Admittedly when I first succumbed to joining the www of social media such as Myspace (showing my age??) and Facebook, and the like, in my naivety I did post upcoming public interpreted events, and yes, at times I happened to be one of the interpreters employed for such events. Over time I fell into conversations with a variety of interpreting colleagues, friends and members of the Deaf community, and opinions ranged considerably.

    One opinion that has stayed with me described self promotion in a negative view and that promotion of interpreted events should remain under the coordination of appropriate avenues such as event newsletters and the organisation that have engaged the interpreting service. I have, over recent months found that organisations have tried to hand this responsibility over to me and for all intent and purpose I have tried to educate the organisation to promote their events to Deaf community members through appropriate avenues.

    While I cannot control what others post on Facebook, whether it is a photo of me interpreting an event or other comments relating to my work, I can control what posts land on my own Facebook wall. If I have been tagged in a photo, my settings have allowed me to keep the tagged photo/post hidden or I can limit who is able to see the image.

    I have seen other interpreters promote events they are/will be working at via the online group ‘Auslan Matters’. I do question if this is the appropriate place to be promoting, as I believe this chat group should be discussing relevant issues related to Auslan, interpreting, and community, not using this as a platform for brazenly advertising interpreted events.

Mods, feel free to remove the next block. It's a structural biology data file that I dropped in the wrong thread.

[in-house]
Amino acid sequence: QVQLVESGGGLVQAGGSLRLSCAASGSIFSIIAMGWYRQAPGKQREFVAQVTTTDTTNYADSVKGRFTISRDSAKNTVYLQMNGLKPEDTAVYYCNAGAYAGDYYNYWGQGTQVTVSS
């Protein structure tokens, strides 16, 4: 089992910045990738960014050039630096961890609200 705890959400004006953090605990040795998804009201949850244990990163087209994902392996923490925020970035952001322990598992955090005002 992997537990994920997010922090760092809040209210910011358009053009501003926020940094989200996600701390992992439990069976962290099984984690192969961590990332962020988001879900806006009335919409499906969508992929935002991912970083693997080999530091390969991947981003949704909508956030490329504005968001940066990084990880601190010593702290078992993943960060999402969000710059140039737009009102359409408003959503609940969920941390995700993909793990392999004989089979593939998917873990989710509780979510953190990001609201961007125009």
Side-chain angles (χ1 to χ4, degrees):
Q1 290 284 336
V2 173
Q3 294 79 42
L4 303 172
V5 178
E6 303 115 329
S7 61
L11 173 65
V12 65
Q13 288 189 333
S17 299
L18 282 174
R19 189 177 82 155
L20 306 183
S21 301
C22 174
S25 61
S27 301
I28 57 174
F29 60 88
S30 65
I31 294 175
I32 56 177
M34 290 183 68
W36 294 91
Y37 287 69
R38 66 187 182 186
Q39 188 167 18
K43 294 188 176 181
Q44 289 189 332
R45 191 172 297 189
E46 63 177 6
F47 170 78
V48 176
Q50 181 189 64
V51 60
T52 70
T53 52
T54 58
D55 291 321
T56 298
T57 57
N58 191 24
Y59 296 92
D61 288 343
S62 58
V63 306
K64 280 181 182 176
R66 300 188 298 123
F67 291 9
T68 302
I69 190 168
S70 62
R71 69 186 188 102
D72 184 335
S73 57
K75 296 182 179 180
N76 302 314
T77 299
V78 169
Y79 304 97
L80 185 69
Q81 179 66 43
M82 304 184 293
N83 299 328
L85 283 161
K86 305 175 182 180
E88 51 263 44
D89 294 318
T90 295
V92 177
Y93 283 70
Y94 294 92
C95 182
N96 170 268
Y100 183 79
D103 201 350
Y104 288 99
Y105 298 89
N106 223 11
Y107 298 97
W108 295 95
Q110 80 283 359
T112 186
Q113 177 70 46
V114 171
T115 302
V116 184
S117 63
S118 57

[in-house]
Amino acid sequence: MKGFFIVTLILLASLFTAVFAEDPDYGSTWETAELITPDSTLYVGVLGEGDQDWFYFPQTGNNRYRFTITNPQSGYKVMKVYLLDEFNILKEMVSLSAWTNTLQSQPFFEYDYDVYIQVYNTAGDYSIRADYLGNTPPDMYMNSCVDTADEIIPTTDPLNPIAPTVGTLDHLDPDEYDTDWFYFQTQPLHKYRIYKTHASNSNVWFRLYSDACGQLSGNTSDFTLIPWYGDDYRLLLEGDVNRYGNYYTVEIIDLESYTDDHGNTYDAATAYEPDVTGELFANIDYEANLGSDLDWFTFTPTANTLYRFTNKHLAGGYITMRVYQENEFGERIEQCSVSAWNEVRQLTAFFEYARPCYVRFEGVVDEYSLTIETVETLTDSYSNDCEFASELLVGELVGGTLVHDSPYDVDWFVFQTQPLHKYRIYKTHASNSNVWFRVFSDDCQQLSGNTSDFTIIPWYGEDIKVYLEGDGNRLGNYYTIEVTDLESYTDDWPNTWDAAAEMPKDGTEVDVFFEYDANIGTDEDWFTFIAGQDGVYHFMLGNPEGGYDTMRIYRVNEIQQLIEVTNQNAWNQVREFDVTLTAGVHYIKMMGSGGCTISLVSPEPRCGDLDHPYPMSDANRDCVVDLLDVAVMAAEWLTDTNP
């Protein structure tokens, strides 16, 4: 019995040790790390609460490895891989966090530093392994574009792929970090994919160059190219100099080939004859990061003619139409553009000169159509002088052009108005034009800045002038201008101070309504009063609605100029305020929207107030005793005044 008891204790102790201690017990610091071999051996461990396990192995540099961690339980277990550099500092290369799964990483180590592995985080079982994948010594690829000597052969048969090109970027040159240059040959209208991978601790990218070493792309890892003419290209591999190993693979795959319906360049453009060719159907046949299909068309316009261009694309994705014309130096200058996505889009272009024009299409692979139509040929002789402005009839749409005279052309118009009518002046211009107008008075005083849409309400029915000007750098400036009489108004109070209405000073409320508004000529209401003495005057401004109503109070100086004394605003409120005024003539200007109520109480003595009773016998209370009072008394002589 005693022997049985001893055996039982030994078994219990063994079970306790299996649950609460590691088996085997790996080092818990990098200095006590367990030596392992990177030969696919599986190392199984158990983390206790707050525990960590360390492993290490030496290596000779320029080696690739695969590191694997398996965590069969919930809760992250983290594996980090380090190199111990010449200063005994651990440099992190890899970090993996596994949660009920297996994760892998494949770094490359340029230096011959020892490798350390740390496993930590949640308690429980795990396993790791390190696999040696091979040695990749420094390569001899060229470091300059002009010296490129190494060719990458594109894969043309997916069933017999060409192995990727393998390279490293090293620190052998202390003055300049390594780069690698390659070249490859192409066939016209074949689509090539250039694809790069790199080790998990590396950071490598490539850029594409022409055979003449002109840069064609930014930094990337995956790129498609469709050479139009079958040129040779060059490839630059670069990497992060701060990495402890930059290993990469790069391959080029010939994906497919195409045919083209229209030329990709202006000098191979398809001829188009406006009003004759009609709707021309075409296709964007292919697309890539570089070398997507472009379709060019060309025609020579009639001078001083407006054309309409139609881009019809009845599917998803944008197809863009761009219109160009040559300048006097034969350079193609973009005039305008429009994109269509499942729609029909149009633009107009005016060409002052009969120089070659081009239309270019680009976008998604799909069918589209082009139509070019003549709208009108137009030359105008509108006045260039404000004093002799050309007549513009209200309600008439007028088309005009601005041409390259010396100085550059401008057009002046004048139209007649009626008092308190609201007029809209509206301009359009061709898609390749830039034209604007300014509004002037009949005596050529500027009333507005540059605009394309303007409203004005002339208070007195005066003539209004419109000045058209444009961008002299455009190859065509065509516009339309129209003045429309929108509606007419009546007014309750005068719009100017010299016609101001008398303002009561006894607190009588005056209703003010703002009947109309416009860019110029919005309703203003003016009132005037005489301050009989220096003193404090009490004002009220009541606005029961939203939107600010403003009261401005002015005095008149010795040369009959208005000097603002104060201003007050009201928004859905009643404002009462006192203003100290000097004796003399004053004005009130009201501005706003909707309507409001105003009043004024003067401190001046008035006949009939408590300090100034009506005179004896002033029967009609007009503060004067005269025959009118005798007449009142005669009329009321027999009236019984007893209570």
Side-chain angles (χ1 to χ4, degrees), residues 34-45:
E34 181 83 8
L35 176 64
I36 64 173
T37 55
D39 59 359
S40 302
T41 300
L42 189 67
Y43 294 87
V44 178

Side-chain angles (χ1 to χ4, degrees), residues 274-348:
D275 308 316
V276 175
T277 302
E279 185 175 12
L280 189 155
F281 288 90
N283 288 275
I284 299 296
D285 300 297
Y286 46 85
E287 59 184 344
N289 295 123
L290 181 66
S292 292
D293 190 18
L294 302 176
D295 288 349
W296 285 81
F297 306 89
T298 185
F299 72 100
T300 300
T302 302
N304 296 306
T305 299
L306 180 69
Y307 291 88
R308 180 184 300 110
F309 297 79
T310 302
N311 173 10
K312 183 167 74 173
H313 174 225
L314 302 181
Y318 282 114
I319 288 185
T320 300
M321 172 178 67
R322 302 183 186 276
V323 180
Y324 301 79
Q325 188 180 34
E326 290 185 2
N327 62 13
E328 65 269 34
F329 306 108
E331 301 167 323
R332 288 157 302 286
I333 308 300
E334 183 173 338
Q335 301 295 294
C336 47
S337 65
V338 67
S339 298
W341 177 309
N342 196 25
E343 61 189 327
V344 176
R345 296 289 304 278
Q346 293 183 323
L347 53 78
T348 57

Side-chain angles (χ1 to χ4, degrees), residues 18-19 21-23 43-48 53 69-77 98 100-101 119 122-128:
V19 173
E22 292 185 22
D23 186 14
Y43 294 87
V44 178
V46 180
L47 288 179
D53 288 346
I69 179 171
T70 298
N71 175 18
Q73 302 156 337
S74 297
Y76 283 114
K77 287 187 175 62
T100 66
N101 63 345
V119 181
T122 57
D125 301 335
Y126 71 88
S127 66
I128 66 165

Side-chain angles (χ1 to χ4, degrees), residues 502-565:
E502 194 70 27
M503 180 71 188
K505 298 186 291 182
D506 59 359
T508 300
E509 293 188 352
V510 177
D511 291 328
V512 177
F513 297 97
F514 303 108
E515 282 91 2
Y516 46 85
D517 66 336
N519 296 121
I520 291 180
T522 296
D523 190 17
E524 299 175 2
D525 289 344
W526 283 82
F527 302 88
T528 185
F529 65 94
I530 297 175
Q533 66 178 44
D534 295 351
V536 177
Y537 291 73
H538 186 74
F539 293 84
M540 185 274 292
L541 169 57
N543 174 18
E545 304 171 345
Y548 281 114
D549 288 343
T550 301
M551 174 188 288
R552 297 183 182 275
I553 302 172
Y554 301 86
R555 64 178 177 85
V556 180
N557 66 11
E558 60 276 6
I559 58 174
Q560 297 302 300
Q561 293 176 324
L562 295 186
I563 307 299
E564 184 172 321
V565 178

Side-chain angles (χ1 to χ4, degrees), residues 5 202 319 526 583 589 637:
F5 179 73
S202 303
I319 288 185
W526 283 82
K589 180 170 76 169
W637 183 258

I agree that we need to look at social media ethical guidelines aligning with the interpreting code of ethics, to encourage a standard of what is and what is not acceptable to post on Facebook and other social media portals. While social media has many positive aspects, we as an interpreting cohort need to keep in the forefront of our minds what impact we are having on the community at large when we engage in promoting (either self or others) interpreted events, private jobs, and so forth. What image do we want to create for ourselves out there in the ether? Whether it be our professional or private lives on show? Can the twain ever meet?

  • Elena Down Reply

    Good comments and discussion!
    Public, televised events- I usually have no problems with FB pictures that are clearly posed and people knew they were posing in them.
    Tagging should always be up to the individual unless clear consent was given at the time to tag someone.
    However there could be reasons that people don’t want to be tagged in some public events, eg at a political rally, or even have that photo posted to FB. Once it is on the internet (even if subsequently deleted) it is searchable forever (including by agencies overseas).

    I travel with interpreters overseas for international development work and often for work that is subject to confidentiality agreements that bind both me and the interpreter.
    I would recommend checking with the Deaf client consents to posting about even the social aspects, There is a big difference between emailing a pal to say ‘just saw the [landmark attraction] at [name of site]’ compared to posting that info on FB.
    Clearly they cannot post about the meetings and business aspects where confidentiality clauses apply.

    Also an interpreter would also have to consider that even posting or tweeting about social aspects of the trip will inevitably lead to curious questions like ‘oh, what were you doing there? – PM me!’ that can make it harder to (be seen to) maintain confidentiality.

    Many organisations already have social media policies- so e.g. if an interpreter was interpreting for a particular organisation, it could be a breach of that organisation’s policy to upload photos to a private page (vs an official FB page for that org, which are subject to more rigorous clearance processes etc.)

    Ultimately, I think it could be useful to work together as an industry to have broader discussions around these issues, and possibly develop a policy on social media.